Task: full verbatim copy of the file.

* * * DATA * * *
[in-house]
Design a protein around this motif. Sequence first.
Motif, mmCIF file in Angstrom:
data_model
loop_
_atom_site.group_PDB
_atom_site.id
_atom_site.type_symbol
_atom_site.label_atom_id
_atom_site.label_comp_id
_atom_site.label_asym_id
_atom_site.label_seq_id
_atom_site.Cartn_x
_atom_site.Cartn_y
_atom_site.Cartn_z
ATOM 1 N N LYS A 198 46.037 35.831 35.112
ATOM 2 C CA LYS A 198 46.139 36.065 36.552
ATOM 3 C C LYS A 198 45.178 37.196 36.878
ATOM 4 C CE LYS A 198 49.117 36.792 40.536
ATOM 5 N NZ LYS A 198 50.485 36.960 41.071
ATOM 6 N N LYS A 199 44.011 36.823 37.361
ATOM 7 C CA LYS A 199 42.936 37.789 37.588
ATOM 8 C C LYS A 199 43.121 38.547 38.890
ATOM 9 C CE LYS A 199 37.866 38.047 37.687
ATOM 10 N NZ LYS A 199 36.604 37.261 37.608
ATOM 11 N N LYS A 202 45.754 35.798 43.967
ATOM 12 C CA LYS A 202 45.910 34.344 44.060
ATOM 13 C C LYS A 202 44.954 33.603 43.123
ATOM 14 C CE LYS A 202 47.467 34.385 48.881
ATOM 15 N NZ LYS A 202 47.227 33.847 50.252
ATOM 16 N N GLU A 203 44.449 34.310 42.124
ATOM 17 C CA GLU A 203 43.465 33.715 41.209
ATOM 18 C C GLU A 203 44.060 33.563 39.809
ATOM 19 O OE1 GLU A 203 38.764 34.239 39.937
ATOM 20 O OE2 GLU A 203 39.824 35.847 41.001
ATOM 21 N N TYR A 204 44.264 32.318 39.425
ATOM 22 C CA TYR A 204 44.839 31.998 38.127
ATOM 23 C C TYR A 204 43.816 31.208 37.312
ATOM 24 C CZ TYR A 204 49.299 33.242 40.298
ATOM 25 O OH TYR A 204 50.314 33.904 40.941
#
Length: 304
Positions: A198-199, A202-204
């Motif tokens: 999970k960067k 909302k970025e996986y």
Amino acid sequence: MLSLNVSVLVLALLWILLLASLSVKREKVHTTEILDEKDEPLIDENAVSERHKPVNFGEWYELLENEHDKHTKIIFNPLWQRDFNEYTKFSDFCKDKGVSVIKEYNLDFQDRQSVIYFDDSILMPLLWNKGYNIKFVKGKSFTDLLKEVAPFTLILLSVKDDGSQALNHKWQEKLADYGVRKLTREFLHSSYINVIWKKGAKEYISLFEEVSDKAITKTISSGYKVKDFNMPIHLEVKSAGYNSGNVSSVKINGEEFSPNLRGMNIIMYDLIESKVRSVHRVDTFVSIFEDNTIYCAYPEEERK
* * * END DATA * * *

[in-house]
Design a protein around this motif. Sequence first.
Motif, mmCIF file in Angstrom:
data_model
loop_
_atom_site.group_PDB
_atom_site.id
_atom_site.type_symbol
_atom_site.label_atom_id
_atom_site.label_comp_id
_atom_site.label_asym_id
_atom_site.label_seq_id
_atom_site.Cartn_x
_atom_site.Cartn_y
_atom_site.Cartn_z
ATOM 1 N N LYS A 198 46.037 35.831 35.112
ATOM 2 C CA LYS A 198 46.139 36.065 36.552
ATOM 3 C C LYS A 198 45.178 37.196 36.878
ATOM 4 C CE LYS A 198 49.117 36.792 40.536
ATOM 5 N NZ LYS A 198 50.485 36.960 41.071
ATOM 6 N N LYS A 199 44.011 36.823 37.361
ATOM 7 C CA LYS A 199 42.936 37.789 37.588
ATOM 8 C C LYS A 199 43.121 38.547 38.890
ATOM 9 C CE LYS A 199 37.866 38.047 37.687
ATOM 10 N NZ LYS A 199 36.604 37.261 37.608
ATOM 11 N N LYS A 202 45.754 35.798 43.967
ATOM 12 C CA LYS A 202 45.910 34.344 44.060
ATOM 13 C C LYS A 202 44.954 33.603 43.123
ATOM 14 C CE LYS A 202 47.467 34.385 48.881
ATOM 15 N NZ LYS A 202 47.227 33.847 50.252
ATOM 16 N N GLU A 203 44.449 34.310 42.124
ATOM 17 C CA GLU A 203 43.465 33.715 41.209
ATOM 18 C C GLU A 203 44.060 33.563 39.809
ATOM 19 O OE1 GLU A 203 38.764 34.239 39.937
ATOM 20 O OE2 GLU A 203 39.824 35.847 41.001
ATOM 21 N N TYR A 204 44.264 32.318 39.425
ATOM 22 C CA TYR A 204 44.839 31.998 38.127
ATOM 23 C C TYR A 204 43.816 31.208 37.312
ATOM 24 C CZ TYR A 204 49.299 33.242 40.298
ATOM 25 O OH TYR A 204 50.314 33.904 40.941
#
Length: 304
Positions: A198-199, A202-204
């Motif tokens: 999970k960067k 909302k970025e996986y």
Amino acid sequence: MLSLNVSVLVLALLWILLLASLSVKREKVHTTEILDEKDEPLIDENAVSERHKPVNFGEWYELLENEHDKHTKIIFNPLWQRDFNEYTKFSDFCKDKGVSVIKEYNLDFQDRQSVIYFDDSILMPLLWNKGYNIKFVKGKSFTDLLKEVAPFTLILLSVKDDGSQALNHKWQEKLADYGVRKLTREFLHSSYINVIWKKGAKEYISLFEEVSDKAITKTISSGYKVKDFNMPIHLEVKSAGYNSGNVSSVKINGEEFSPNLRGMNIIMYDLIESKVRSVHRVDTFVSIFEDNTIYCAYPEEERK